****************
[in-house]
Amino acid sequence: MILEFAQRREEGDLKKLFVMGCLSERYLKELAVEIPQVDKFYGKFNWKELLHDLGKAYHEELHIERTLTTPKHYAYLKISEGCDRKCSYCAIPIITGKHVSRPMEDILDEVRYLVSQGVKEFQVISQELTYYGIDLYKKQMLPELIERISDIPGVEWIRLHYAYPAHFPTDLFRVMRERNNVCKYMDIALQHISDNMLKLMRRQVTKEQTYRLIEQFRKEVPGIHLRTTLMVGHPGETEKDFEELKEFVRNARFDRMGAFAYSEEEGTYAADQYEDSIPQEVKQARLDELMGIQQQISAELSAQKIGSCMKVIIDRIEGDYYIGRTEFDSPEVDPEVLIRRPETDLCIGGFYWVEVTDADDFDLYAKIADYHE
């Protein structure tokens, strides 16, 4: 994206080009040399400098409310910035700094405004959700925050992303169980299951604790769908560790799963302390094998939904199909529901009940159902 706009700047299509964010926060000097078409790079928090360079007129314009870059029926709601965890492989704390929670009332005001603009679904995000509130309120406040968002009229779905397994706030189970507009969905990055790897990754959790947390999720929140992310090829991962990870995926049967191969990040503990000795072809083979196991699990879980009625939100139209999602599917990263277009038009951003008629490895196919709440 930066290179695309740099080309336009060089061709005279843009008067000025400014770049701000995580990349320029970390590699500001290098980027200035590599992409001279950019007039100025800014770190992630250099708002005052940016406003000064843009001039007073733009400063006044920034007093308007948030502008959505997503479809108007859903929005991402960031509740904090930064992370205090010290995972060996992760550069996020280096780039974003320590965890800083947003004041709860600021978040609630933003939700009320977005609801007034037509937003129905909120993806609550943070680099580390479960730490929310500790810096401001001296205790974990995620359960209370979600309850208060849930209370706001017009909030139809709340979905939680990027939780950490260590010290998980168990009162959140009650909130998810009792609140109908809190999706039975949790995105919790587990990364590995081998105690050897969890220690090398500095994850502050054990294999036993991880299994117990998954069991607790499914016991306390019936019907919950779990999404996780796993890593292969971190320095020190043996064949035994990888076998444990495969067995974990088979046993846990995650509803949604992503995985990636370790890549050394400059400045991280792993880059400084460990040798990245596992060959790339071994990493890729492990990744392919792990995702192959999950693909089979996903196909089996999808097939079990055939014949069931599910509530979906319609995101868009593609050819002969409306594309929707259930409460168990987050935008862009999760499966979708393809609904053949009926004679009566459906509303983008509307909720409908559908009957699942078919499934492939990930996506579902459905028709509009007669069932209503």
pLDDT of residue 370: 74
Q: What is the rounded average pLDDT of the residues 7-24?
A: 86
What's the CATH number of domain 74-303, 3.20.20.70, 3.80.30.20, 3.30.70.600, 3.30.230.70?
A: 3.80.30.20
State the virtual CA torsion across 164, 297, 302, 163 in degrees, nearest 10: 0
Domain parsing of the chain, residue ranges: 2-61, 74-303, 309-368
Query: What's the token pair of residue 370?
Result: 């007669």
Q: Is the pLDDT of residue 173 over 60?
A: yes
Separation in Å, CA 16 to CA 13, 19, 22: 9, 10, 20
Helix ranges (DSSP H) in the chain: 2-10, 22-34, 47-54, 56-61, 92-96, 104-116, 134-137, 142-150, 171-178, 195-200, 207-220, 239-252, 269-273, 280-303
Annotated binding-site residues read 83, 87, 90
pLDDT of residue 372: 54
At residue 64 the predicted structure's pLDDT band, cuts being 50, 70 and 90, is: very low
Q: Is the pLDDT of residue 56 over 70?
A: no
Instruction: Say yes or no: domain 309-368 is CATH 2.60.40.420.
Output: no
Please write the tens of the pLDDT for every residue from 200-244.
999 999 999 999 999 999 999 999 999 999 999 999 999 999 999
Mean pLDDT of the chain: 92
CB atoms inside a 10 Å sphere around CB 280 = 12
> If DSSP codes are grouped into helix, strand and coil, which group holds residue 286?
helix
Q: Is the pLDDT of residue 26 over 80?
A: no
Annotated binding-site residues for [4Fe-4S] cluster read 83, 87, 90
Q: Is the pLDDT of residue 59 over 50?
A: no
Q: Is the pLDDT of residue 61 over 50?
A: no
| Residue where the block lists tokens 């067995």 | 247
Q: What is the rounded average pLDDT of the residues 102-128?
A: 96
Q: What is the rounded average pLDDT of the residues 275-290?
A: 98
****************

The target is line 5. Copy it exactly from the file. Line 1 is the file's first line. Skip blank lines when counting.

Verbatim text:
Q: What is the rounded average pLDDT of the residues 7-24?